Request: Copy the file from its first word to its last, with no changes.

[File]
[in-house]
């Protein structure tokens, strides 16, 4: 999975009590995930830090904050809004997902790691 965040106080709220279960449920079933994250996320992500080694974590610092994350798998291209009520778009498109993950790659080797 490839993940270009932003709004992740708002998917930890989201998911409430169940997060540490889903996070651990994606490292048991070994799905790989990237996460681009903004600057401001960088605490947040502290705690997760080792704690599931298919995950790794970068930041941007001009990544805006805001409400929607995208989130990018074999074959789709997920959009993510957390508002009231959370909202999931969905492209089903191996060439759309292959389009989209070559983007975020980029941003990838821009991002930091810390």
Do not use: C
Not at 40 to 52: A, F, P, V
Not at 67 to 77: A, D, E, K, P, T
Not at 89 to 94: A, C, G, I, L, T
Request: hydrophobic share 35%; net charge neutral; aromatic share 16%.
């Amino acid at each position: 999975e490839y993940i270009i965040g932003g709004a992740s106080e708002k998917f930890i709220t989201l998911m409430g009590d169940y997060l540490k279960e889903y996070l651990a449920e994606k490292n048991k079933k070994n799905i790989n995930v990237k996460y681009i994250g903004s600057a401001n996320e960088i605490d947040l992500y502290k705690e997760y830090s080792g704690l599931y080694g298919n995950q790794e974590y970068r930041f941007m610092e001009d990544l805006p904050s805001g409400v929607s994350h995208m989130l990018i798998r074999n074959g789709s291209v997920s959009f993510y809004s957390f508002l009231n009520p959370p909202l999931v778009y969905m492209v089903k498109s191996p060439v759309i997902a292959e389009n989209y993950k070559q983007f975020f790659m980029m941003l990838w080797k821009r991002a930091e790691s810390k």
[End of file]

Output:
[in-house]
């Protein structure tokens, strides 16, 4: 999975009590995930830090904050809004997902790691 965040106080709220279960449920079933994250996320992500080694974590610092994350798998291209009520778009498109993950790659080797 490839993940270009932003709004992740708002998917930890989201998911409430169940997060540490889903996070651990994606490292048991070994799905790989990237996460681009903004600057401001960088605490947040502290705690997760080792704690599931298919995950790794970068930041941007001009990544805006805001409400929607995208989130990018074999074959789709997920959009993510957390508002009231959370909202999931969905492209089903191996060439759309292959389009989209070559983007975020980029941003990838821009991002930091810390």
Do not use: C
Not at 40 to 52: A, F, P, V
Not at 67 to 77: A, D, E, K, P, T
Not at 89 to 94: A, C, G, I, L, T
Request: hydrophobic share 35%; net charge neutral; aromatic share 16%.
């Amino acid at each position: 999975e490839y993940i270009i965040g932003g709004a992740s106080e708002k998917f930890i709220t989201l998911m409430g009590d169940y997060l540490k279960e889903y996070l651990a449920e994606k490292n048991k079933k070994n799905i790989n995930v990237k996460y681009i994250g903004s600057a401001n996320e960088i605490d947040l992500y502290k705690e997760y830090s080792g704690l599931y080694g298919n995950q790794e974590y970068r930041f941007m610092e001009d990544l805006p904050s805001g409400v929607s994350h995208m989130l990018i798998r074999n074959g789709s291209v997920s959009f993510y809004s957390f508002l009231n009520p959370p909202l999931v778009y969905m492209v089903k498109s191996p060439v759309i997902a292959e389009n989209y993950k070559q983007f975020f790659m980029m941003l990838w080797k821009r991002a930091e790691s810390k």